Group of drugs used to treat heartburn and indigestion raise risk of heart attacks, says study

The study found that those who took proton pump inhibitor drugs were between 16 and 21 per cent more likely to suffer a heart attack

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Indy Lifestyle Online

A group of drugs commonly used to treat heartburn and indigestion can raise the risk of heart attacks, new research has indicated.

The study of more than 2.9 million patients found that those who took proton pump inhibitor (PPI) drugs, millions of which are prescribed in the UK every year, were between 16 and 21 per cent more likely to suffer a heart attack.

PPIs, which are only recommended for short-term use, are often prescribed by doctors but some can also be bought over-the-counter.

The US researchers behind the study said that over-the-counter purchases were leading to a lack of monitoring, of how often and for how long people were using the drug, increasing the risks. They called for regulators to “reconsider” whether they should be so easily available.

More than 50 million prescriptions for PPI drugs were made in England in 2013. They include a range of products, including omeprazole and lansoprazole.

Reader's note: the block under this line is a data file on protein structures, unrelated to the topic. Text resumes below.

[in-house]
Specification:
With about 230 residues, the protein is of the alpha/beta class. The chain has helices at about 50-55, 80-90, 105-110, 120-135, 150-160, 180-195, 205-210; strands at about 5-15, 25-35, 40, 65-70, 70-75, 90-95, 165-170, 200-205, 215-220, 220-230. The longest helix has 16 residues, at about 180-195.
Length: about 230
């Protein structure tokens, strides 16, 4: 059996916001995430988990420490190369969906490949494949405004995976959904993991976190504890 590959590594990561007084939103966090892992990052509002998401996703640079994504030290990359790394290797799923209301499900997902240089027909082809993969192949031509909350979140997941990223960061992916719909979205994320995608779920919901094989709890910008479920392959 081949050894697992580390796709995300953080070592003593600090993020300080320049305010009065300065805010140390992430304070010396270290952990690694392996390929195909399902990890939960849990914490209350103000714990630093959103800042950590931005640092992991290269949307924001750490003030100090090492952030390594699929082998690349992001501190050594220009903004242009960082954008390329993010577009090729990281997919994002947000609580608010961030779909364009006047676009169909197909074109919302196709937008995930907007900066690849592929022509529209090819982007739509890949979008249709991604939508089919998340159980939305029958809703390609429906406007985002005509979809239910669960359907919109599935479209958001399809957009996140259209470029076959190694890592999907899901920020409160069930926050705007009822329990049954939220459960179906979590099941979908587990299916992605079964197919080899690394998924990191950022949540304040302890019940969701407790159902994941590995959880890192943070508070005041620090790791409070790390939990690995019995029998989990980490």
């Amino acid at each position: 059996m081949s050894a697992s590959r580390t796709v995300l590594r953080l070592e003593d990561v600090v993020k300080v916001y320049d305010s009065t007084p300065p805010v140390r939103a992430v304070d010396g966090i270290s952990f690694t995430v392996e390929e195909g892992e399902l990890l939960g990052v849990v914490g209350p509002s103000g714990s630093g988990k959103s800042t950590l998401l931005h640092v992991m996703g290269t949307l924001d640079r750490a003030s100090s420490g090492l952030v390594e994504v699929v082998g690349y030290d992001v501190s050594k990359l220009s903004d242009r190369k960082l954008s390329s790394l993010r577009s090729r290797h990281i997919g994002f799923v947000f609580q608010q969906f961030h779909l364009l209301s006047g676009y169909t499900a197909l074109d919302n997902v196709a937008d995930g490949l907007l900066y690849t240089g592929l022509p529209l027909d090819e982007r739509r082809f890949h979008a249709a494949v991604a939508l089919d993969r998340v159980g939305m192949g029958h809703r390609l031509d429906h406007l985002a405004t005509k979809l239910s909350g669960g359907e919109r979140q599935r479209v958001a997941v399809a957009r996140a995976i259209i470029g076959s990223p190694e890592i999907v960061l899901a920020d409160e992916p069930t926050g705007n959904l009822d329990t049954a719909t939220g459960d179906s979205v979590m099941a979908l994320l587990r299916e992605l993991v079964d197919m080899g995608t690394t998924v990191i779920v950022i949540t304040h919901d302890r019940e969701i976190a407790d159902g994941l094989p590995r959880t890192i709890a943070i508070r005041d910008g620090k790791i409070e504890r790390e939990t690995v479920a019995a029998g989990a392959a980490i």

Dr John Cooke, chair of cardiovascular sciences at the Houston Methodist Research Unit, and a senior author of the report, said that while their findings suggested only “a modest increase in what is already a low risk”, there were safer drugs for heartburn available. 

“There are some patients that respond better to PPIs,” he said. “These drugs, however, were only approved for temporary use for four to six weeks. The problems come when they are used for longer periods of time…Regulatory agencies should reconsider the use of these agents as over-the-counter drugs.”

The study could only show an association between use of the drugs and heart attacks and is not conclusive proof that there is a causal link. It may be that people taking the drugs are already at higher risk.

A spokesperson for the UK drugs watchdog, the Medicines and Healthcare products Regulatory Agency (MHRA) said: “The safety of medicines is kept under continuous review by the MHRA. As with all new data the findings from this study will be considered further and if any new advice is considered necessary, this will be communicated to healthcare professionals and patients accordingly.”

The British Heart Foundation said that those taking PPIs who had concerns should discuss the issue with their GP.

The new findings are published in the medical journal PLOS ONE.

What are PPIs?

Proton pump inhibitors (PPIs) treat indigestion and heartburn by reducing acid production in the stomach.

They are taken as tablets and include many drugs, including rabeprazole, pantoprazole, esomeprazole and omeprazole.

Sales of the drugs worldwide are estimated to have a total value of £8.3bn.

While they are usually prescribed, some are available over-the-counter to people aged 18 and over.

In the new study, alternative heartburn drugs, known as H2 blockers, did not increase heart attack risk. However, some patients do not respond well to these treatments and require PPIs. 

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